Making cellular phone users pay Mobile phone users shouldn't get free ride on 911 fee

September 22, 1995

ELIMINATING FREE LUNCHES is tricky business. Sometimes those who are being denied the public's continued largess are not the disenfranchised or the powerless, unable to wield a potent objection. Occasionally, they're large corporations with deep pockets and sophisticated public relations departments.

Cellular telephone companies, in this instance, are a good example. By and large, they are not required to charge their customers a service fee for using 911. The fee is levied only against users of traditional wired telephones -- both home and office. Subscribers of those services currently pay 50 cents a month for 911 service.

But the exemption for cellular phone users may become a thing of the past in Howard. County officials are considering imposing a 50-cent monthly fee on the wireless phone users. The proceeds would be used to help the county's financially strapped 911 service. Baltimore City already imposes the fee, only recently allowed under state law. Howard would be wise to do the same.

There is no rationale for continuing this exemption for cellular phone users. The argument by the cellular companies that their customers already pay the fee for their home service holds little logic. What Howard is proposing is not double taxation, as a spokeswoman for Cellular One suggested. Wired phone subscribers who have more than one line pay a charge for each line they have. Fairness dictates that cellular phone users pay similarly.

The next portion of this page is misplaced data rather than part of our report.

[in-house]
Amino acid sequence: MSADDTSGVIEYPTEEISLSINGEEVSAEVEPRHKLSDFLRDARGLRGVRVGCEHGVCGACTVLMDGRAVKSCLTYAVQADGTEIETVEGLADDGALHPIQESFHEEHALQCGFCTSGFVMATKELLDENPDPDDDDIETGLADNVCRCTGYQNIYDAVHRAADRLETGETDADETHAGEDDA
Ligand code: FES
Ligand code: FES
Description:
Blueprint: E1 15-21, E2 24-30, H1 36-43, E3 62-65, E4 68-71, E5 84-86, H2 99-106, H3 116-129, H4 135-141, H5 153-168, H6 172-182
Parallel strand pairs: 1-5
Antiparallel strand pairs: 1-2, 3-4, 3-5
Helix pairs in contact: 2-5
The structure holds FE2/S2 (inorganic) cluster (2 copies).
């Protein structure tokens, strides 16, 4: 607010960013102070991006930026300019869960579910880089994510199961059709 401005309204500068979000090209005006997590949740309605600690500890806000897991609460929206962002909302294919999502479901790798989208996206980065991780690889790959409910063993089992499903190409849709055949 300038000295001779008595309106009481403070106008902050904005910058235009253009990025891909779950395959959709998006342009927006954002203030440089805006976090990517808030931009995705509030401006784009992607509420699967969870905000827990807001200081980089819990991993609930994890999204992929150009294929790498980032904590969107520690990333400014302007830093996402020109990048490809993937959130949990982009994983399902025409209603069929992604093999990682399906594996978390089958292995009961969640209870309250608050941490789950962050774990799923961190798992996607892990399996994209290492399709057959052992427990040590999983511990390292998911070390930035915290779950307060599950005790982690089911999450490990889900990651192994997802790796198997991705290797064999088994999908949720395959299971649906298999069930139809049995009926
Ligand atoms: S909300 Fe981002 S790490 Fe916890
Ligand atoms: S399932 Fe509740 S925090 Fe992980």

As weak as this defense by cellular phone companies, the argument by Howard officials that the fee is justified because cellular phone owners are heavy users of 911 is also flawed. When it comes to emergency service, the county should never attempt to tie its fees to how often an individual calls 911. Many a catastrophe has been averted by a conscientious commuter who has used his cellular phone to get assistance for a fellow traveler. Imposing a monthly fee will not -- and should not -- discourage wireless phone users from dialing 911. The fee being proposed by Howard would more fairly distribute the burden of providing emergency 911 service and should be approved.

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